July 4, 1895 – The first Salvatorian Sisters arrived in Milwaukee, Wis. to provide in-home nursing care to immigrants 119 years after our nation declared its independence. Sister Raphaela documented their experience of Independence Day festivities in the Chronicles: Now we are on the soil of our new country. Many thoughts... Read full story

July 23, 1895

Sisters begin their home-nursing ministry

Sisters begin their home-nursing ministry

  July 23, 1895 – While traveling aboard the Westernland, the first three missioned sisters became acquainted with Mrs. M. H. Wiltzius, a Milwaukee-area resident. Mrs. Wiltzius’ name was the first to appear on Sister Raphaela’s ledger that documented the many patients the sisters would care for during their time as... Read full story

November 4, 1895

The sisters find a convent to call their own

The Sisters first rented convent

November 4, 1895 – Once settled in Milwaukee, the three pioneer sisters began to search for a house of their own. The house hunt didn’t take long, and soon the sisters began renting a two-story, 12-room duplex for $30 a month. Although the move was not physically taxing, the sisters faced... Read full story

August 24, 1896

Sisters establish community in St. Nazianz, Wis.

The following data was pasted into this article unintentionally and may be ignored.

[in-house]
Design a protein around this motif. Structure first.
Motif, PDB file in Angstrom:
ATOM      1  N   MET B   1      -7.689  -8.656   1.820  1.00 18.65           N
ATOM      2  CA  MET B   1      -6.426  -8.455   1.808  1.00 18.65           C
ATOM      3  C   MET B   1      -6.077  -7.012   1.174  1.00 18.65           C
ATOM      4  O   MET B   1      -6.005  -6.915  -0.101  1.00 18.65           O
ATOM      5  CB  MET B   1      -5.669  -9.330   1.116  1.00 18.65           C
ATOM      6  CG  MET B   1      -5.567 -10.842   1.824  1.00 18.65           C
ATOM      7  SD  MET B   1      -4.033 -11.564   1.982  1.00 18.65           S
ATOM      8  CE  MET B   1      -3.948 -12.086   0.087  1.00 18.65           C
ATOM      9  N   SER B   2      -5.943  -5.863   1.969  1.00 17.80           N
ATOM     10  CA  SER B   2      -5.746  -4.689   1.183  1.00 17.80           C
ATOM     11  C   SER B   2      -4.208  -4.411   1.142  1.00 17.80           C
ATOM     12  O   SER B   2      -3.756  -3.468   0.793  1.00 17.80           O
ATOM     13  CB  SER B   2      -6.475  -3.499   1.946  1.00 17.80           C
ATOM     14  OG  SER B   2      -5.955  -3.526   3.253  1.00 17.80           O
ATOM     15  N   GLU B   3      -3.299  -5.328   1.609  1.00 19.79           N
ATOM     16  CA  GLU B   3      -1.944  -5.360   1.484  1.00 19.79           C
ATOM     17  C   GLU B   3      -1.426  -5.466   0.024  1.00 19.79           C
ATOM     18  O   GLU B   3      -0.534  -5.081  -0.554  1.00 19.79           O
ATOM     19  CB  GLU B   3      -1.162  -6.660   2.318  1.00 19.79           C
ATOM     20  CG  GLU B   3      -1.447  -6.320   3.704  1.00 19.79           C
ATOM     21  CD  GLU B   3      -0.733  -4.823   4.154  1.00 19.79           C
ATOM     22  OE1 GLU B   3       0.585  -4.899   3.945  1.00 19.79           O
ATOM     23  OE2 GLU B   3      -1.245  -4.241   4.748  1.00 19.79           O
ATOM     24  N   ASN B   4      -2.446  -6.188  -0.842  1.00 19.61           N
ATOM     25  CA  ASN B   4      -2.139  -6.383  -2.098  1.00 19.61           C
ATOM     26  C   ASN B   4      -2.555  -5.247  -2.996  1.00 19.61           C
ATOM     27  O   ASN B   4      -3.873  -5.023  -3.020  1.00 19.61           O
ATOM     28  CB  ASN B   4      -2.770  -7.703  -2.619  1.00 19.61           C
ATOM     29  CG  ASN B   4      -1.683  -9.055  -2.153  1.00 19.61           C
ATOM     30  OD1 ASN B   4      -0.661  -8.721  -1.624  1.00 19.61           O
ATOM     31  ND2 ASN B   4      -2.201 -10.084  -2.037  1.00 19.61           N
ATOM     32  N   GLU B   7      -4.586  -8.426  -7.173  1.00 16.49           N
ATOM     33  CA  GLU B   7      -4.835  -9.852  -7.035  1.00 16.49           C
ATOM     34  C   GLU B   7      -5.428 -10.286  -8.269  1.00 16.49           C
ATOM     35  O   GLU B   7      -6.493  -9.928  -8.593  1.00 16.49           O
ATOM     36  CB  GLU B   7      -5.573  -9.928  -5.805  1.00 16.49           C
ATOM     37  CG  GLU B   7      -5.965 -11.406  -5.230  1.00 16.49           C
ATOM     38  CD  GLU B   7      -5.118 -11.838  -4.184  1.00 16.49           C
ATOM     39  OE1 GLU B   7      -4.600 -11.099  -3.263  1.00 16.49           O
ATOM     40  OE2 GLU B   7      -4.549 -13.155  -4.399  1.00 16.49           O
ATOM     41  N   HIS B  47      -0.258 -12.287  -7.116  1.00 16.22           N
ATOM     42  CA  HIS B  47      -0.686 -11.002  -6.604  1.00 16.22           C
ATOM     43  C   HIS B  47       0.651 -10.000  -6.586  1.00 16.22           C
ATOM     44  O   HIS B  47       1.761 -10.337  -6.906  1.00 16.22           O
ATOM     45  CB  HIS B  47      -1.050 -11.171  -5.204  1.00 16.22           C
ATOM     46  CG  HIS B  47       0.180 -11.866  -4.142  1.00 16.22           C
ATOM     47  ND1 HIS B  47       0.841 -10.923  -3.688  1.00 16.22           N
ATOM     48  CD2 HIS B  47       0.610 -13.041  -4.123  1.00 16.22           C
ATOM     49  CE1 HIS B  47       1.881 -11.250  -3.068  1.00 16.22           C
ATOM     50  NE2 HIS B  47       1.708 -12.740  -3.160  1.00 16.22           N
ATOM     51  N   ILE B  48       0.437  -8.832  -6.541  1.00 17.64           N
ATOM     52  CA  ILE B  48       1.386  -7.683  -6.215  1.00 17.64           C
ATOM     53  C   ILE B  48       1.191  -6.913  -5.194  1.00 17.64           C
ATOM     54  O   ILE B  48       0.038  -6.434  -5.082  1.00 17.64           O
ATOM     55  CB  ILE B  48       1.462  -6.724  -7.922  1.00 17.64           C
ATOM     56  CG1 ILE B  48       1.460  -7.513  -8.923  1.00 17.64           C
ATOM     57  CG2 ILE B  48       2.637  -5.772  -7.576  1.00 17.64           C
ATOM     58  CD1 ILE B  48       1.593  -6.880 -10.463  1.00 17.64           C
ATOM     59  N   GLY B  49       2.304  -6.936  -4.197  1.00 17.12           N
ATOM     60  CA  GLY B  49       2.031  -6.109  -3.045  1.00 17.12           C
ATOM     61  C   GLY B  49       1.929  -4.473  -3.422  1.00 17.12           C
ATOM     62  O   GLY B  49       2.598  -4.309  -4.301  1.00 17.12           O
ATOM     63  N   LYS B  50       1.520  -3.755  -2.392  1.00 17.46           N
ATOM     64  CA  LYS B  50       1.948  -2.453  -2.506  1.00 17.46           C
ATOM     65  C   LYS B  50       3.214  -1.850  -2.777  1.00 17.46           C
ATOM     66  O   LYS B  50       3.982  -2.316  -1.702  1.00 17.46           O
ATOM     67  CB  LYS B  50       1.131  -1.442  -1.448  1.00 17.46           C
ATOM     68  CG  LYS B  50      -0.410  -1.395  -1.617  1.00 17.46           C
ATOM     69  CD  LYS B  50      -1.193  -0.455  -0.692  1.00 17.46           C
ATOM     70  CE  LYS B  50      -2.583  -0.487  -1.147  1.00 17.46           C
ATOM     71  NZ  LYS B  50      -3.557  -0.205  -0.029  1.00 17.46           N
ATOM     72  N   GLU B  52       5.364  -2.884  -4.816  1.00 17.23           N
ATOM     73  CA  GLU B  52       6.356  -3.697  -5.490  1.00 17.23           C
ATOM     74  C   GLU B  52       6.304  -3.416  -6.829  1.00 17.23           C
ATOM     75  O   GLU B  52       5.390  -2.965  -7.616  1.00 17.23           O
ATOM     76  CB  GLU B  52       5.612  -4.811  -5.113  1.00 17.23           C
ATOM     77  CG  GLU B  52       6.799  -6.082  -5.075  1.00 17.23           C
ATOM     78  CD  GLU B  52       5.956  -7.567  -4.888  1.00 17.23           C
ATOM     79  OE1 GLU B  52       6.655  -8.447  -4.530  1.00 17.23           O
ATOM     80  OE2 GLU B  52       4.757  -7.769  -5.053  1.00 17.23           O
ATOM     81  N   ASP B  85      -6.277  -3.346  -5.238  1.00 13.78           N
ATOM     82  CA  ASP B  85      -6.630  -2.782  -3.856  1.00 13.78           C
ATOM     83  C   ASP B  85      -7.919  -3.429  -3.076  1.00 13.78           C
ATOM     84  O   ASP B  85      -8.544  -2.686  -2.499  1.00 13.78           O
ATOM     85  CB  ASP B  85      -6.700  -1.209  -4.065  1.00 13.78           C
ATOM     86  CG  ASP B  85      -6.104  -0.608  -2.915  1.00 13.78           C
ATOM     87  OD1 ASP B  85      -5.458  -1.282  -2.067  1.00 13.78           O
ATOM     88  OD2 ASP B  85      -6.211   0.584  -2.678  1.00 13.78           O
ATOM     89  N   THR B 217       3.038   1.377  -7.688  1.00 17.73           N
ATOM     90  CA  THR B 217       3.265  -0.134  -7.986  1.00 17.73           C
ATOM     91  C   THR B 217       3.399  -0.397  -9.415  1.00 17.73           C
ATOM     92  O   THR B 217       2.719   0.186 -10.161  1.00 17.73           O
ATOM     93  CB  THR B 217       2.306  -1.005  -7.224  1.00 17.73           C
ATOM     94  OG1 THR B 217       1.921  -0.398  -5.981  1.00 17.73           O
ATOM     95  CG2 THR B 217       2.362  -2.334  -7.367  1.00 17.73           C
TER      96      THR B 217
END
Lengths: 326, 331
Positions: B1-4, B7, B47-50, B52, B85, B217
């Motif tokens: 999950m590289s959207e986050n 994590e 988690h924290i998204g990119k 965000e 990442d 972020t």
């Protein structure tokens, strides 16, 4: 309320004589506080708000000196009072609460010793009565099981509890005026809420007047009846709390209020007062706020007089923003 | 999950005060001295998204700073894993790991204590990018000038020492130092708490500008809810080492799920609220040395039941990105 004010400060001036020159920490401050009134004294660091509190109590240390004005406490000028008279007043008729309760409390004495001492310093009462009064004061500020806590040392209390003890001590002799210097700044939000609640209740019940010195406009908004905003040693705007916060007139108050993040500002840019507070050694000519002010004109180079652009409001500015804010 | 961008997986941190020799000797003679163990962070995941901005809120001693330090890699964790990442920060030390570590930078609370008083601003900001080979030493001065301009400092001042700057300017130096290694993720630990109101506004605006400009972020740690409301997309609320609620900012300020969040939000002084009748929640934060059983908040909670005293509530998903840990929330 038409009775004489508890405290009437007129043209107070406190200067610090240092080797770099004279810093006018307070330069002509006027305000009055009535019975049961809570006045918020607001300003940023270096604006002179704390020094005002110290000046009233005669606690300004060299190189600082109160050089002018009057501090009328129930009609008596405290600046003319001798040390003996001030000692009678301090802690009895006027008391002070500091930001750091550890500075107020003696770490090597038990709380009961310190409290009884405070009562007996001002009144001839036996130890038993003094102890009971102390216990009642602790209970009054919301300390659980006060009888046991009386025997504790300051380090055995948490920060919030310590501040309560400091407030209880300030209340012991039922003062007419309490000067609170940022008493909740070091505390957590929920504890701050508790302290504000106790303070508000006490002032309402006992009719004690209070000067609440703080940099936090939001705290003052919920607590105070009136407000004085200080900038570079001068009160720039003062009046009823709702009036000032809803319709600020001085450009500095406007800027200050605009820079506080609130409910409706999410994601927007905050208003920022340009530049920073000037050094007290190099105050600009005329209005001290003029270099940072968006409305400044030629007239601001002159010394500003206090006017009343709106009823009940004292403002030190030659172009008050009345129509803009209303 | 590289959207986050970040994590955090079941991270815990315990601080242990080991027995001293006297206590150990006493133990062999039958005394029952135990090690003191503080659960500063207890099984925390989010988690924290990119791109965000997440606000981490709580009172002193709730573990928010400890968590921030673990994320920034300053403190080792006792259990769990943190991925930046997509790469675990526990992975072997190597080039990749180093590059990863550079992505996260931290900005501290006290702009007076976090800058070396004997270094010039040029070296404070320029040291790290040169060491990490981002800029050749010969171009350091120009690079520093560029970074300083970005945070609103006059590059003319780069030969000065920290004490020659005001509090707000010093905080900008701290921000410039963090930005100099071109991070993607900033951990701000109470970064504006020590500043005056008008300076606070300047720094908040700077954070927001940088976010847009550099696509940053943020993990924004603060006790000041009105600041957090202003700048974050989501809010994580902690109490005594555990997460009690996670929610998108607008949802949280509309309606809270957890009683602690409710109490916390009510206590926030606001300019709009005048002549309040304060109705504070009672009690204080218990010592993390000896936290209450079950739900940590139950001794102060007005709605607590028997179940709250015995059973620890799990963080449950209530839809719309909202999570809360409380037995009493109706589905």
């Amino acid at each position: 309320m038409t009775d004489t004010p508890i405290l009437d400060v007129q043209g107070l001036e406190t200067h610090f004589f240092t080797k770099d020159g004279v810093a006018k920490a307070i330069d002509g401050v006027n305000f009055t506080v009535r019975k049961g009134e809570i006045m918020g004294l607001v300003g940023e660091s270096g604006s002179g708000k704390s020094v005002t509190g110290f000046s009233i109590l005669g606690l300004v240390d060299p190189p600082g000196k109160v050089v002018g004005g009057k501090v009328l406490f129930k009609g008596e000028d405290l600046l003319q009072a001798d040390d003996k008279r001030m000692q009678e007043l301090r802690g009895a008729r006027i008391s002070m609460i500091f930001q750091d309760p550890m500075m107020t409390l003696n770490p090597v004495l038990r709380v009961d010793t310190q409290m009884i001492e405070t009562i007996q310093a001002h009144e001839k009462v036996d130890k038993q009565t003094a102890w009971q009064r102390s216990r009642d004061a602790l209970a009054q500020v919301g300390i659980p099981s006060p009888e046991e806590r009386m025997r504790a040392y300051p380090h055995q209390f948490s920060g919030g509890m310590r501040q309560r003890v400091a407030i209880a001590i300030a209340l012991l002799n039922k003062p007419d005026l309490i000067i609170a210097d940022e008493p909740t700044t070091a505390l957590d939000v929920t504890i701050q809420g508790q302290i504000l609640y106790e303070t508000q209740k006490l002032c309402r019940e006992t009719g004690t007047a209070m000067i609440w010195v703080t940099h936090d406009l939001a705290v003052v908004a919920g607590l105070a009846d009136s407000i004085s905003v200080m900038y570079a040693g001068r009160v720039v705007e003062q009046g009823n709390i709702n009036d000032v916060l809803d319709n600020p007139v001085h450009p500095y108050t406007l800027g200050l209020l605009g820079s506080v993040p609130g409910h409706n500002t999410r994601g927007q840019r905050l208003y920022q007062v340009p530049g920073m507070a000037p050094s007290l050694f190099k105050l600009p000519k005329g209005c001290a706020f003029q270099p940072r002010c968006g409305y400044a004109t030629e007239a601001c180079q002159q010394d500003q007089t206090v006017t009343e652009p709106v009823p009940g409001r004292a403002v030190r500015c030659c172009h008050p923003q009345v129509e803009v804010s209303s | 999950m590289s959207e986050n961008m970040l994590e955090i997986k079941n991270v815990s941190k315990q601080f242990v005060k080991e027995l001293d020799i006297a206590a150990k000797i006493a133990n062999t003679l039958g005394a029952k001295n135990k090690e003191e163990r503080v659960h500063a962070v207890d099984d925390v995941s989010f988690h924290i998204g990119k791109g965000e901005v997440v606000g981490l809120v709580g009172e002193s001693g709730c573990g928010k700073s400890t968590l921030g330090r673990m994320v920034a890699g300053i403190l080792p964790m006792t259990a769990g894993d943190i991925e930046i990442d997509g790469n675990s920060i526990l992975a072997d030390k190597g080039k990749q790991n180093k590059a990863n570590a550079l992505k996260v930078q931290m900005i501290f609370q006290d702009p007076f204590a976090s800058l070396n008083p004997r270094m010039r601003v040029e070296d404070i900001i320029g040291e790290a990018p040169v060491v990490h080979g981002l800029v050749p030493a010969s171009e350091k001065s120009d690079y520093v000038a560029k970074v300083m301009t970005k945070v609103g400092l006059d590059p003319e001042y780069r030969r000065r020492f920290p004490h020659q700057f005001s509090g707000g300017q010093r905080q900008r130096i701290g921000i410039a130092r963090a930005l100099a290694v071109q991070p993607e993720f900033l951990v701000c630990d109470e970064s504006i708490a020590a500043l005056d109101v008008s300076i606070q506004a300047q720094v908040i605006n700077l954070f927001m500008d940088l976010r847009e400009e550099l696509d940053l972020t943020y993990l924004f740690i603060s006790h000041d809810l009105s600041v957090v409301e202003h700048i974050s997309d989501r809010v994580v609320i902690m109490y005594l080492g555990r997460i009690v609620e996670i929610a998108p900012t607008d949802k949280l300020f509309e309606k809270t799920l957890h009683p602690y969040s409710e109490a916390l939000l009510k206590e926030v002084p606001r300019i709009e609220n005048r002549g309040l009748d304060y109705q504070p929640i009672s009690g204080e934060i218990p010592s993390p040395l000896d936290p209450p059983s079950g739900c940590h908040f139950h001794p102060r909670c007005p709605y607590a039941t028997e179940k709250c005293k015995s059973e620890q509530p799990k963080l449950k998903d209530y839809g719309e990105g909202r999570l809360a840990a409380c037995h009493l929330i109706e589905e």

Sisters establish community in St. Nazianz, Wis.

August 24, 1896

March 31, 1897

Salvatorian Sisters find room to grow in a generous gift of a new convent

First rent-free convent

March 31, 1897 – Since Sister Raphaela’s request for more sisters in fall 1895, eight sisters had arrived from Rome. Although the convent was not at full capacity, the two-story house was crowded. As calls for nursing and extra help increased, the sisters received a generous, unexpected gift from the Degelan... Read full story

May 27, 1900

Laying the cornerstone at St. Mary’s Convent on 35th & Center Streets

St. Mary's Convent, 1900

May 27, 1900 – To celebrate laying the cornerstone at St. Mary’s Convent, our pioneer sisters submitted an article to the German-language newspaper, Milwaukee Herold und Seebote. It ran on page 5 under “Church News.” A translation of the story appears below: An Uplifting Celebration Laying the Foundation Stone of the... Read full story

July 30, 1901

First members from the USA enter the Salvatorian Community

First sister candidates from United States

July 30, 1901 – Before a novitiate was established in Milwaukee, all Salvatorian postulants traveled to Rome to make their novitiate. Three candidates from Uniontown, Washington were the first Americans to enter the Milwaukee community: Elizabeth Kinzer (Sister Blanche), Katherine Broenneke (Sister Berchmanns), and Johanna Reichert who did not remain... Read full story